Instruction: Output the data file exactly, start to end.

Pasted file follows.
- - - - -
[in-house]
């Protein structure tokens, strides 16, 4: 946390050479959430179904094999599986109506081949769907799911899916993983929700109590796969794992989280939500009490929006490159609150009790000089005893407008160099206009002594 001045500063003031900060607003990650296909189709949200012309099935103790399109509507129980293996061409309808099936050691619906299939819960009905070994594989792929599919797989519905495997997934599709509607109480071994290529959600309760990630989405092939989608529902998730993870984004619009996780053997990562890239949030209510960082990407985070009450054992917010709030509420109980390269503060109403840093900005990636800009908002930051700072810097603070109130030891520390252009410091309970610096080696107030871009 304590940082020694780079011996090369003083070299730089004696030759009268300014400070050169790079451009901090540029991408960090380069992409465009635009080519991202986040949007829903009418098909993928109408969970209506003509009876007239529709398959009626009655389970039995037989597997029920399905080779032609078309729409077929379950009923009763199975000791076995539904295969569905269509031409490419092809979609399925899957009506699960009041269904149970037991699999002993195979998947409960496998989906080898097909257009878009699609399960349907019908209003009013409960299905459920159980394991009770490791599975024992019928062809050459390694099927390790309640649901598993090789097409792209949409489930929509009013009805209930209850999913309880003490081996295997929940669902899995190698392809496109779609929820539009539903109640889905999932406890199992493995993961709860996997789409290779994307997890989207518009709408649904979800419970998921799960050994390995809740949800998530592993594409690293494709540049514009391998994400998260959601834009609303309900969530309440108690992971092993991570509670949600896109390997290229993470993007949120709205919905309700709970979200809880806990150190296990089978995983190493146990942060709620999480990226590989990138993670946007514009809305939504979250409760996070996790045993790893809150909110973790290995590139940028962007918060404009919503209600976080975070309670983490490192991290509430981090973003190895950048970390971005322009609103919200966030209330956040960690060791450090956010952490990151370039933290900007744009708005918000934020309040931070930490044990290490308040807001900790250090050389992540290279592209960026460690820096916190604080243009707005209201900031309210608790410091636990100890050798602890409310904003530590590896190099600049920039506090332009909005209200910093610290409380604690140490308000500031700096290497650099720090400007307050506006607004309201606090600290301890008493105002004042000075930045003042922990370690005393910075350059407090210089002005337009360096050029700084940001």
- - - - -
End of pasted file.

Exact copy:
[in-house]
């Protein structure tokens, strides 16, 4: 946390050479959430179904094999599986109506081949769907799911899916993983929700109590796969794992989280939500009490929006490159609150009790000089005893407008160099206009002594 001045500063003031900060607003990650296909189709949200012309099935103790399109509507129980293996061409309808099936050691619906299939819960009905070994594989792929599919797989519905495997997934599709509607109480071994290529959600309760990630989405092939989608529902998730993870984004619009996780053997990562890239949030209510960082990407985070009450054992917010709030509420109980390269503060109403840093900005990636800009908002930051700072810097603070109130030891520390252009410091309970610096080696107030871009 304590940082020694780079011996090369003083070299730089004696030759009268300014400070050169790079451009901090540029991408960090380069992409465009635009080519991202986040949007829903009418098909993928109408969970209506003509009876007239529709398959009626009655389970039995037989597997029920399905080779032609078309729409077929379950009923009763199975000791076995539904295969569905269509031409490419092809979609399925899957009506699960009041269904149970037991699999002993195979998947409960496998989906080898097909257009878009699609399960349907019908209003009013409960299905459920159980394991009770490791599975024992019928062809050459390694099927390790309640649901598993090789097409792209949409489930929509009013009805209930209850999913309880003490081996295997929940669902899995190698392809496109779609929820539009539903109640889905999932406890199992493995993961709860996997789409290779994307997890989207518009709408649904979800419970998921799960050994390995809740949800998530592993594409690293494709540049514009391998994400998260959601834009609303309900969530309440108690992971092993991570509670949600896109390997290229993470993007949120709205919905309700709970979200809880806990150190296990089978995983190493146990942060709620999480990226590989990138993670946007514009809305939504979250409760996070996790045993790893809150909110973790290995590139940028962007918060404009919503209600976080975070309670983490490192991290509430981090973003190895950048970390971005322009609103919200966030209330956040960690060791450090956010952490990151370039933290900007744009708005918000934020309040931070930490044990290490308040807001900790250090050389992540290279592209960026460690820096916190604080243009707005209201900031309210608790410091636990100890050798602890409310904003530590590896190099600049920039506090332009909005209200910093610290409380604690140490308000500031700096290497650099720090400007307050506006607004309201606090600290301890008493105002004042000075930045003042922990370690005393910075350059407090210089002005337009360096050029700084940001």